The lockdown isn’t stopping these kids from helping senior citizens through the pandemic
In the midst of the coronavirus pandemic, the next generation is stepping up to give back and make a difference.
Among them are two boys who live hundreds of miles apart, yet found a way to come together to help their vulnerable neighbors.
In Chicago, 12-year-old Jahkil Jackson and his nonprofit, Project I Am, normally assemble and distribute bags filled with hygiene products and other necessities to help homeless men and women in their daily lives.
Last year, Jahkil was honored as a CNN Heroes Young Wonder for his efforts, which he started when he was just 8 years old.
Now, Jahkil says, “this lockdown is not holding me back.” Instead of putting his efforts on hold during Covid-19, he has expanded to help another vulnerable population — senior citizens — in his hometown.
“I don’t think it’s safe for anybody to go outside right now,” Jahkil said. “So, I decided to give them the daily essentials like hand sanitizer, which is very important, wipes, tissue. I feel like those really help them.”
In this time of social distancing, Jahkil is taking every precaution to protect the people he’s helping. He’s dropping off the “blessing bags,” as he calls them, outside a local senior home and refraining from going inside.
“I’m not going to do any interaction because that’s not really safe,” he said.
So far, Jahkil has provided more than 300 of his blessing bags to senior citizens.
“I’m doing my part and helping. And I feel like it’s everyone’s duty to help out where they can,” he said. “Everybody in the world, they’re scared, they’re worried. So, we have to work together to uplift each other.”
Several states away, in Gaithersburg, Maryland, 7-year-old Cavanaugh Bell is filling a similar need.
When Covid-19 hit, Cavanaugh and his mom went grocery shopping for his 74-year-old grandmother, who lives in a nearby senior living community.
Cavanaugh couldn’t help but also worry about his grandmother’s friends. He wondered whether they were getting all the food and other essentials they needed.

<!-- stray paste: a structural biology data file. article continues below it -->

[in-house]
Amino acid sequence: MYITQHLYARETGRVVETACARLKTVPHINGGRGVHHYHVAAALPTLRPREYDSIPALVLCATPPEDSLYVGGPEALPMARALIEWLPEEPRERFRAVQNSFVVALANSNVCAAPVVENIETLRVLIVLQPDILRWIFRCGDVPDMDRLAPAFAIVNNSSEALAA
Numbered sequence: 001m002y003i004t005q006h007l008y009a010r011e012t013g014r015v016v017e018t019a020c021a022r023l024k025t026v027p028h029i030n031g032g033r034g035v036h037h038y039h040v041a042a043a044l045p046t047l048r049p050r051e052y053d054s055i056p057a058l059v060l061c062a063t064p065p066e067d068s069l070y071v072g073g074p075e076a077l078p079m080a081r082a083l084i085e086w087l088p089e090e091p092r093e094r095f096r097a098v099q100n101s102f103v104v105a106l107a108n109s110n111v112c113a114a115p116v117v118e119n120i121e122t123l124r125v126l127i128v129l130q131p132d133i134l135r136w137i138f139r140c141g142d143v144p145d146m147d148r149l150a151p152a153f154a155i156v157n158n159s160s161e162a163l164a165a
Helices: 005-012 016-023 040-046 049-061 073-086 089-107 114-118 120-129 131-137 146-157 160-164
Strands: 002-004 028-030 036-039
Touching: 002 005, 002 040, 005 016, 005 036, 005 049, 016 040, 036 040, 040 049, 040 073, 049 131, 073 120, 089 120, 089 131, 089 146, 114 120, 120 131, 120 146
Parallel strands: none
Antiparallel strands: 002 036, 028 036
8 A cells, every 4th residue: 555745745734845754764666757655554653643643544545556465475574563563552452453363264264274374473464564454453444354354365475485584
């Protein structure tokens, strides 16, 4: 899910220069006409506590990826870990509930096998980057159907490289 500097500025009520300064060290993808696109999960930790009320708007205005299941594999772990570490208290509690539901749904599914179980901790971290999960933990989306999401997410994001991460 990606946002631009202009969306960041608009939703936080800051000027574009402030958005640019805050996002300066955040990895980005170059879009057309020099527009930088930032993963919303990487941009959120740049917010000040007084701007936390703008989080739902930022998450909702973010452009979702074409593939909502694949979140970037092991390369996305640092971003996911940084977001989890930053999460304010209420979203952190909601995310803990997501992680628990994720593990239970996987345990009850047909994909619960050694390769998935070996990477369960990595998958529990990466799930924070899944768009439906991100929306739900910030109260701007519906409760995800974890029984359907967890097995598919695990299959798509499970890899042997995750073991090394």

“I just wanted to make sure that they were staying home and they were staying safe,” said Cavanaugh, who also runs Cool & Dope, a nonprofit that focuses on anti-bullying efforts.
So, Cavanaugh used his $600 in savings to purchase food and supplies for them.
“My grandma is my best friend. We all love our senior citizens and they mean more to us than anything else,” Cavanaugh said. “I just decided to do something nice for them.”
Word spread, and he started receiving donations to help his mission. To date, his GoFundMe page has raised more than $12,000.
Now, Cavanaugh has opened a community pantry for families in need to pick up care packages filled with food and other necessary household items.
“They sign up on the list, they request a care pack and then we have the care packs ready to go for them,” he said.
Recently, Cavanaugh and Jahkil connected about their mutual cause and how they could team up to get their care packages into the hands of more people.
For starters, Jahkil assembled and sent 50 of his blessing bags to Cavanaugh, who simultaneously sent packages of food items and other supplies to Jahkil.
“I knew that we would be a great team,” Cavanaugh said.
Jahkil used the donations from Cavanaughl to make more blessing bags — helping him reach more seniors and homeless people.
Cavanaugh distributed Jahkil’s blessing bags to those in need through his community pantry.
“I think it’s important for us young kids to work together because kids are very powerful and they can make change, too,” said Jahkil, who plans to coordinate efforts with more young do-gooders throughout the country.
“Anyone can have an impact no matter their age, no matter if they’re older or they’re young. Because whatever you believe you can achieve,” Cavanaugh said. “With love we can get through this together.”